To begin, the Louisiana Worker’s Compensation Act, provides medical help and/or compensation for injuries or possible death that occurs during the performance of one’s job duties. However, breaking this down into sections, one must understand what injury/accident legally means, and how it is measured in order to determine whether one is afforded such relief. An accident is defined by La. R.S. 23:1021(1) as follows:
“[An] unpredicted or sudden event which takes place without the cause of human culpability, and directly inflicts and damage in which the party suffers almost immediately”.
Such types of injuries are thus, protected and covered by the Worker’s Compensation Act. However, there are limitations applied to certain accidents that occur under certain circumstances, even if they occur during the performance of one’s job duties. La. R.S. 23:1021(8)(e), provides:
“Cardiac or injuries surrounding the blood vessels are not considered a tort injury that arises out of or is related to the course of one’s employment. These injuries cannot be compensated pursuant to this Chapter unless certain conditions are met which include the following:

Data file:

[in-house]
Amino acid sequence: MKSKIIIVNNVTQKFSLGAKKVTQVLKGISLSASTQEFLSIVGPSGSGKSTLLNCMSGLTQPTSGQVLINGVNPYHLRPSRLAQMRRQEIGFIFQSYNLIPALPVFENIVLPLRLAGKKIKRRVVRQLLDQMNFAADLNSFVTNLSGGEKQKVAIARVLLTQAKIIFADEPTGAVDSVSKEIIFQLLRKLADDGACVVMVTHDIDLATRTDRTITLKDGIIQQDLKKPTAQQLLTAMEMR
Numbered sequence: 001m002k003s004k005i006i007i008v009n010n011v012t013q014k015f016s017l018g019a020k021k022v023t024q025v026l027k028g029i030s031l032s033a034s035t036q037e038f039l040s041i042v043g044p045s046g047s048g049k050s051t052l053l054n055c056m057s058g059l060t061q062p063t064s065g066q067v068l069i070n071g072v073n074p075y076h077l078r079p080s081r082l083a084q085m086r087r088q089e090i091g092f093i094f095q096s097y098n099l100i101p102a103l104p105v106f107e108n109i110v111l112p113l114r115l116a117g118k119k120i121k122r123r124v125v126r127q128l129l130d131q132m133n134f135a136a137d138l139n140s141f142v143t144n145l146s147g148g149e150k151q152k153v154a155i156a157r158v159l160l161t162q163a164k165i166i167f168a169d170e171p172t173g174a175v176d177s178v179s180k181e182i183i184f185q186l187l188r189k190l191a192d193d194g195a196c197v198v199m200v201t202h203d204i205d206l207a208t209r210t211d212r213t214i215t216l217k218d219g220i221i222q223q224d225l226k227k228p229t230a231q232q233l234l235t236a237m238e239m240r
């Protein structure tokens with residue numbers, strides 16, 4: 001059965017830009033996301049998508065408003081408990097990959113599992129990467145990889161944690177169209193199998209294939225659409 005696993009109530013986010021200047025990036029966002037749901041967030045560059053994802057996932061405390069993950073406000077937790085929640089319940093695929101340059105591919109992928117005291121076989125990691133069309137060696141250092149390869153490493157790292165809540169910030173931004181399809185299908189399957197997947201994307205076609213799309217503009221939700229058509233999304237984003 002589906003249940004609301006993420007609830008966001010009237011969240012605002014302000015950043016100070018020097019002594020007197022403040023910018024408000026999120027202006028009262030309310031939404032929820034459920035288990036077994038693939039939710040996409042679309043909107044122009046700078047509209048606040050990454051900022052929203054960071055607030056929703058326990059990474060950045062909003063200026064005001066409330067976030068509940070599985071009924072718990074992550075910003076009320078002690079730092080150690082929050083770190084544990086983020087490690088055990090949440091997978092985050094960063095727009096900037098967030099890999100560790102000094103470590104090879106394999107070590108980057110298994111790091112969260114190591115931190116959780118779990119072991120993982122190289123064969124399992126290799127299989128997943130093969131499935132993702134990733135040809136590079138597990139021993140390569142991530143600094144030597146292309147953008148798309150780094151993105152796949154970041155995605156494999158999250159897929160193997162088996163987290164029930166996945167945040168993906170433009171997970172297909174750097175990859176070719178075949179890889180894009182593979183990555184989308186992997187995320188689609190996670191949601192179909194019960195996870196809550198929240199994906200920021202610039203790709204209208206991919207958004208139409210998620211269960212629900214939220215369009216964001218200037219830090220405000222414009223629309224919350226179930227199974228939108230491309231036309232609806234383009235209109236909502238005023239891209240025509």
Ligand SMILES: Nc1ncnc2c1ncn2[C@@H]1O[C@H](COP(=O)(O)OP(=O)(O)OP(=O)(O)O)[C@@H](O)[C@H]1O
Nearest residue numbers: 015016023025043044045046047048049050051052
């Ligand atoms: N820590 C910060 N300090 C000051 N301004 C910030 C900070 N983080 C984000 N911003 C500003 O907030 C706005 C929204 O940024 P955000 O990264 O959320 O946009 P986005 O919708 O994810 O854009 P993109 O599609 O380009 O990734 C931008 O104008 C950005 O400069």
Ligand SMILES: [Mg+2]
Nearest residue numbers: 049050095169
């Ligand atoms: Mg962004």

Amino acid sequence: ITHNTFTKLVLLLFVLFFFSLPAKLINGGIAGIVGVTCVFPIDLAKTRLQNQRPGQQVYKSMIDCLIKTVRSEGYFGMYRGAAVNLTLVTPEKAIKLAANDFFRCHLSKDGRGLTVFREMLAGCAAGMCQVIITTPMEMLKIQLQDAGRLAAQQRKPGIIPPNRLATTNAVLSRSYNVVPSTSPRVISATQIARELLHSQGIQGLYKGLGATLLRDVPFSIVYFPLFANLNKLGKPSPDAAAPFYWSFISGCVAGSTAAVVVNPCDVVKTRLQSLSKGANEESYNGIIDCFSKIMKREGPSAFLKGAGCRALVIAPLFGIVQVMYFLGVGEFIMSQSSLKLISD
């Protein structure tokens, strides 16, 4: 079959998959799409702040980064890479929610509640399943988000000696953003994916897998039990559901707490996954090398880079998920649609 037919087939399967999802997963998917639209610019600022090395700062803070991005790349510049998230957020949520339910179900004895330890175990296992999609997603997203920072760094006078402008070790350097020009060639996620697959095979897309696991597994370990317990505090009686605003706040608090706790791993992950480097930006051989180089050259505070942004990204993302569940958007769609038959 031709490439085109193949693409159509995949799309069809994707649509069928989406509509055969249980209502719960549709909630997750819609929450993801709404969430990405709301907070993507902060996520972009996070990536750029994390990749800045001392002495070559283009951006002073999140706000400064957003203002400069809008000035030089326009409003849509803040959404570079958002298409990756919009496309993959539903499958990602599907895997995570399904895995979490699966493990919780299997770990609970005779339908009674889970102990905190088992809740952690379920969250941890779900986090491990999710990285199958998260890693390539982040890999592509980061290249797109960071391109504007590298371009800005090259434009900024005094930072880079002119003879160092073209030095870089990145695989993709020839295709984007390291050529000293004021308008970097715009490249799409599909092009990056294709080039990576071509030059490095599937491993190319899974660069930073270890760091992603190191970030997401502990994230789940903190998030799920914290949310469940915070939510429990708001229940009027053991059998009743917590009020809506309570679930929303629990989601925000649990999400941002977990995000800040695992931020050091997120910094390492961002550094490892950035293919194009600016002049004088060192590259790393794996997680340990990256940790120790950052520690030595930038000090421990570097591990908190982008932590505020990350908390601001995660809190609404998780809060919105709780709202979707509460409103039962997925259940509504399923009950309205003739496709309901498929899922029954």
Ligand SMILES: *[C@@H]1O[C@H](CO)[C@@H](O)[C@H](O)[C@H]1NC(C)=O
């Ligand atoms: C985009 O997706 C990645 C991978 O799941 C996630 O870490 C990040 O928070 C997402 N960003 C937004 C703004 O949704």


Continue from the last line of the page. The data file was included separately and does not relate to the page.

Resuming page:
(i) The employee’s stress level must be extraordinary and unusual in relation to that exertion experienced by the average employee in the same field of work, and
(ii) The employee’s stress level or exertion, must be correlated to that caused by his or her employment. It cannot be related to outside factors. The stress level must be directly related to the employees cardiac or injuries surrounding the blood vessel, sickness, or death.”
The Court denied Shady Oaks attempt for summary judgment, based on the tenuous argument that the patient’s act of striking Mrs. Caldwell should be considered an accident that aggravated her preexisting condition resulting in her stroke and heart attack. The defendants had not shown that the work environment was highly probable to cause extraordinary and unusual or that the physical stress during the performance of her job duties. Thus, the court next had to evaluate the work environment, and whether the incident in question was extraordinary or whether it was a normal happening for Mrs. Caldwell during the performance of her job duties.